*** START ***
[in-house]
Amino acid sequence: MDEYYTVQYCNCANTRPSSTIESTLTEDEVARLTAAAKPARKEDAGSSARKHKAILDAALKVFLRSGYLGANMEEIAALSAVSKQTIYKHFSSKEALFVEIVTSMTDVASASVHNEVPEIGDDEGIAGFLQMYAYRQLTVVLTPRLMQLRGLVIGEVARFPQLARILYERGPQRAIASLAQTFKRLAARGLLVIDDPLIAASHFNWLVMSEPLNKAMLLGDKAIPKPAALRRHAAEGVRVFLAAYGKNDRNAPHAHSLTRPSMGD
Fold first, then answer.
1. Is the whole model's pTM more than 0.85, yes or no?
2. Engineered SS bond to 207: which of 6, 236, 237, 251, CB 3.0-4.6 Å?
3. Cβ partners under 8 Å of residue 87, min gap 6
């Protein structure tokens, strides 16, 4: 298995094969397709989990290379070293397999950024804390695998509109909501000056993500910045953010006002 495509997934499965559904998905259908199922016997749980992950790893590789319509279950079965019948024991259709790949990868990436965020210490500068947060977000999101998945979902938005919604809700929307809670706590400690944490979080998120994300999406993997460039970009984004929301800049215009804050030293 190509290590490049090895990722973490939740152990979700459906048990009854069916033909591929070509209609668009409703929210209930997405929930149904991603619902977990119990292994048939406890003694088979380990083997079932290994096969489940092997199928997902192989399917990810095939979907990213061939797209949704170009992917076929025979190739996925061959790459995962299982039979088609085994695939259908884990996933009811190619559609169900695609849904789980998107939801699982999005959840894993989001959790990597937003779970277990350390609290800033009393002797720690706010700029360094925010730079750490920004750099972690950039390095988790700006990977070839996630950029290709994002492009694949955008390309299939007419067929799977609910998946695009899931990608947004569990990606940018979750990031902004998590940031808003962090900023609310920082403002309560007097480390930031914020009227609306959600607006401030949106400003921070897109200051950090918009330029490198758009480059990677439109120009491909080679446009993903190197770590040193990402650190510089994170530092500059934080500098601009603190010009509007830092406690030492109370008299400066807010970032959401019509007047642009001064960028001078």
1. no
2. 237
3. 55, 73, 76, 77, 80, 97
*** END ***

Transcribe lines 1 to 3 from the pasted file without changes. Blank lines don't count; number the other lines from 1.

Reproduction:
[in-house]
Amino acid sequence: MDEYYTVQYCNCANTRPSSTIESTLTEDEVARLTAAAKPARKEDAGSSARKHKAILDAALKVFLRSGYLGANMEEIAALSAVSKQTIYKHFSSKEALFVEIVTSMTDVASASVHNEVPEIGDDEGIAGFLQMYAYRQLTVVLTPRLMQLRGLVIGEVARFPQLARILYERGPQRAIASLAQTFKRLAARGLLVIDDPLIAASHFNWLVMSEPLNKAMLLGDKAIPKPAALRRHAAEGVRVFLAAYGKNDRNAPHAHSLTRPSMGD
Fold first, then answer.